North Carolina takes all drug charges extremely seriously and among the most serious charges are those relating to obtaining a controlled substance by fraud, often called prescription fraud. Under NCGS § 90-108, it is unlawful for any person to:
- Obtain a controlled substance by representing that they are a licensed practitioner able to prescribe medication when they are not in fact, licensed
- Manufacture or distribute a controlled substance using a stolen or fraudulent registration number
- Acquire or obtain possession of a controlled substance by fraud, forgery or deception
- Obtain controlled substances through the use of a legal prescription which has been obtained by willful misrepresentation or withholding of information from one or more practitioners
- Steal a controlled substance made accessible during the court of employment to misapply or divert those substances for personal use
There are other components to this law, but the above identifies the broad brush strokes. So what does this really mean? There are a handful of situations that we most commonly see when dealing with prescription fraud charges.
The first example of prescription fraud is doctor shopping. This is where someone visits multiple doctors in an attempt to obtain a controlled substance, either because one doctor doesn’t prescribe and they try another, or that they are trying to amass a large quantity by getting multiple prescriptions. Prescriptions are tracked, so when a person requests that a prescription be filled and there are multiple requests from multiple doctors, this raises a red flag for law enforcement to investigate. This becomes an especially serious issue when a person doesn’t inform each doctor of other doctors visited and medications prescribed by those other doctors.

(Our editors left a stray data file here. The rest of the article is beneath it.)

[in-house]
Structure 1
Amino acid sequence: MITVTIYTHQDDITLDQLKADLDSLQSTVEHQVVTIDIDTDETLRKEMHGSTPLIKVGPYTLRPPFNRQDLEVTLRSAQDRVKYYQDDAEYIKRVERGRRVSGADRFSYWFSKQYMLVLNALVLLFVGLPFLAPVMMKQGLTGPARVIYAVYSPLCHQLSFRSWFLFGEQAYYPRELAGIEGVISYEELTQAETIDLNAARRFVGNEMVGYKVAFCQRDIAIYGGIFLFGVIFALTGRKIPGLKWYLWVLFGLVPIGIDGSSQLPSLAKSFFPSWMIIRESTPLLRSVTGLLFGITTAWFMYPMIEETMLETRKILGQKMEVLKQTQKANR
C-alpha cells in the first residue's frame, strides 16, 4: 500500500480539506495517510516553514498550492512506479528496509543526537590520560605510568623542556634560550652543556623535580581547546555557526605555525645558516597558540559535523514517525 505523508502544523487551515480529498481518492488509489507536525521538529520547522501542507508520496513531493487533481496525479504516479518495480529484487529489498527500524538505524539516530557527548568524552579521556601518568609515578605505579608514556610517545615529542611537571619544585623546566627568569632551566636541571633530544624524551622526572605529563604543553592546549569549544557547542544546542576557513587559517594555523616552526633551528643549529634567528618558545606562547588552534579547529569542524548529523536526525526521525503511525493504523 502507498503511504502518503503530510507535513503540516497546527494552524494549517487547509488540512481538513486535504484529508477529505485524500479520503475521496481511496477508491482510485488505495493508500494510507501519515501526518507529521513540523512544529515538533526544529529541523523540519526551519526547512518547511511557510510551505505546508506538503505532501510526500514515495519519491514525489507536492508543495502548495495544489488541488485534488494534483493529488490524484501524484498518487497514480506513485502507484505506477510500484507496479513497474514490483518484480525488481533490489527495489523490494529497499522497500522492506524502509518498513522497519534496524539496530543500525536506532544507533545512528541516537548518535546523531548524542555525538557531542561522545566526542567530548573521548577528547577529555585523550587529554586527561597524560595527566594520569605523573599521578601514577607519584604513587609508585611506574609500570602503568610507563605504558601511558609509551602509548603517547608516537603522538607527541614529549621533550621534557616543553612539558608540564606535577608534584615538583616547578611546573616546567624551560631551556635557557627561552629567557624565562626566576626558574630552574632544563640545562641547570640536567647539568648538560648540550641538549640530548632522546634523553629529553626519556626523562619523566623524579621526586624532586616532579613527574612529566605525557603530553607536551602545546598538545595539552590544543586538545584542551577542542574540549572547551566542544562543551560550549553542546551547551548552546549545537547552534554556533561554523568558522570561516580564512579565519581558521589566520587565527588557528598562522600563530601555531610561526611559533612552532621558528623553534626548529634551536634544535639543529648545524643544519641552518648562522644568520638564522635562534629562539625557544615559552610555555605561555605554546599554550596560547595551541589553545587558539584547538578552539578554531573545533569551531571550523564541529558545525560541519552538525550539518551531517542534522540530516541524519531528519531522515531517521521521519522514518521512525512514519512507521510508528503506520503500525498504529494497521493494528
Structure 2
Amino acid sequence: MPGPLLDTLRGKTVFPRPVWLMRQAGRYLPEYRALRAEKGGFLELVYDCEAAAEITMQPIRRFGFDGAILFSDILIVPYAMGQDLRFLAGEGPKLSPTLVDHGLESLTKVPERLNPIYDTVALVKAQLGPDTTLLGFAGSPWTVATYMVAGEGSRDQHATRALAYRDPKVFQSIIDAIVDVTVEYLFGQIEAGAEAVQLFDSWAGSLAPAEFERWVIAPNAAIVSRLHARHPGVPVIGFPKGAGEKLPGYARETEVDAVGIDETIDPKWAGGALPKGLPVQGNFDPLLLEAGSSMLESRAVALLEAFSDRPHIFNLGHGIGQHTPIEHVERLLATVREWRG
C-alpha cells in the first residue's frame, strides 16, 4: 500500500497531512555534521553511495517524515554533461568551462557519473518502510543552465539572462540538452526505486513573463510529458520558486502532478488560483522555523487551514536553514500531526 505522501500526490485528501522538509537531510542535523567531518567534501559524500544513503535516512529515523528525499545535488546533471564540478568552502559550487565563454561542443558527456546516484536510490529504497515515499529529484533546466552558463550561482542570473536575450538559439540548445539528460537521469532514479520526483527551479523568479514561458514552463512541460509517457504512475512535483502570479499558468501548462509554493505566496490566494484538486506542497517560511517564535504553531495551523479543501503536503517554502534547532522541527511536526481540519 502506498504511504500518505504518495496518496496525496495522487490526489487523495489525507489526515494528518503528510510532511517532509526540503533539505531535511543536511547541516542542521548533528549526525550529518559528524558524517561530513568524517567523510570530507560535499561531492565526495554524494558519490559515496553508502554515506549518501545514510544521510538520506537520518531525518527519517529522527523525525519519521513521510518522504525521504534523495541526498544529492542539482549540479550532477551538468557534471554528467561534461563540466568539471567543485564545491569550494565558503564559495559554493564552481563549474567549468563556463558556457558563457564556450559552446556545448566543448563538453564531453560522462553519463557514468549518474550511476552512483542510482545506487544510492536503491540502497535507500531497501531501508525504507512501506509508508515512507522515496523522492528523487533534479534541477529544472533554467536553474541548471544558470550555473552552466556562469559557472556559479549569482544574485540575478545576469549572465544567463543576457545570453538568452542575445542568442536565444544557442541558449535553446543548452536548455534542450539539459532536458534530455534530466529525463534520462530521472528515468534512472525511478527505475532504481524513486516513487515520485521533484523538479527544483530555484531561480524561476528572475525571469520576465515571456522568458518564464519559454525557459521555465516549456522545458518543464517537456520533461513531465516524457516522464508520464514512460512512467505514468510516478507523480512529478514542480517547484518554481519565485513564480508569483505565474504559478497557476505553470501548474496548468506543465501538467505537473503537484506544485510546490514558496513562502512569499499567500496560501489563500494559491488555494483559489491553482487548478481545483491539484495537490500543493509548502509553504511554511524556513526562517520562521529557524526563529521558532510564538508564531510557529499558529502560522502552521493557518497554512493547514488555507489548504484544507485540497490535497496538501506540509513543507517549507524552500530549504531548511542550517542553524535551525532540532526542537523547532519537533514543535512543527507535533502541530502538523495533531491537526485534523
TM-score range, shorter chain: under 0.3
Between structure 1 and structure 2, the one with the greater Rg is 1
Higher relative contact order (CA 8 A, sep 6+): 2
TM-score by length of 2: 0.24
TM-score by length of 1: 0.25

A second example is that of a fraudulent prescription. This occurs when a prescription pad is stolen, a forged one is created, or a doctor’s DEA number is stolen for the purpose of creating a prescription that can be submitted to a pharmacy to be filled. In some cases, someone has a valid prescription but changes the fill date because they have taken their previously allotted amount more quickly than prescribed. This is not only prescription fraud, but can also be construed as insurance fraud if it includes an attempt to have insurance cover the cost of a drug that is not due to be covered.
The third example is when an employee of a business with access to a controlled substance takes possession of the drug either for personal use or distribution. This is most commonly seen with employees of doctor’s offices and hospitals, but also occurs with veterinary practices and pharmaceutical manufacturers.
Prescription fraud can be charged as a misdemeanor if the violation was committed unintentionally, but the vast majority of these crimes are done knowingly and willfully, making it a felony. A felony of this nature is not eligible for expungement for 15 years from date of completion of sentence, meaning that the result is that you’re labeled a convicted felon. However, there are options for dealing with this charge in a positive way if you have a knowledgeable and experienced criminal defense attorney.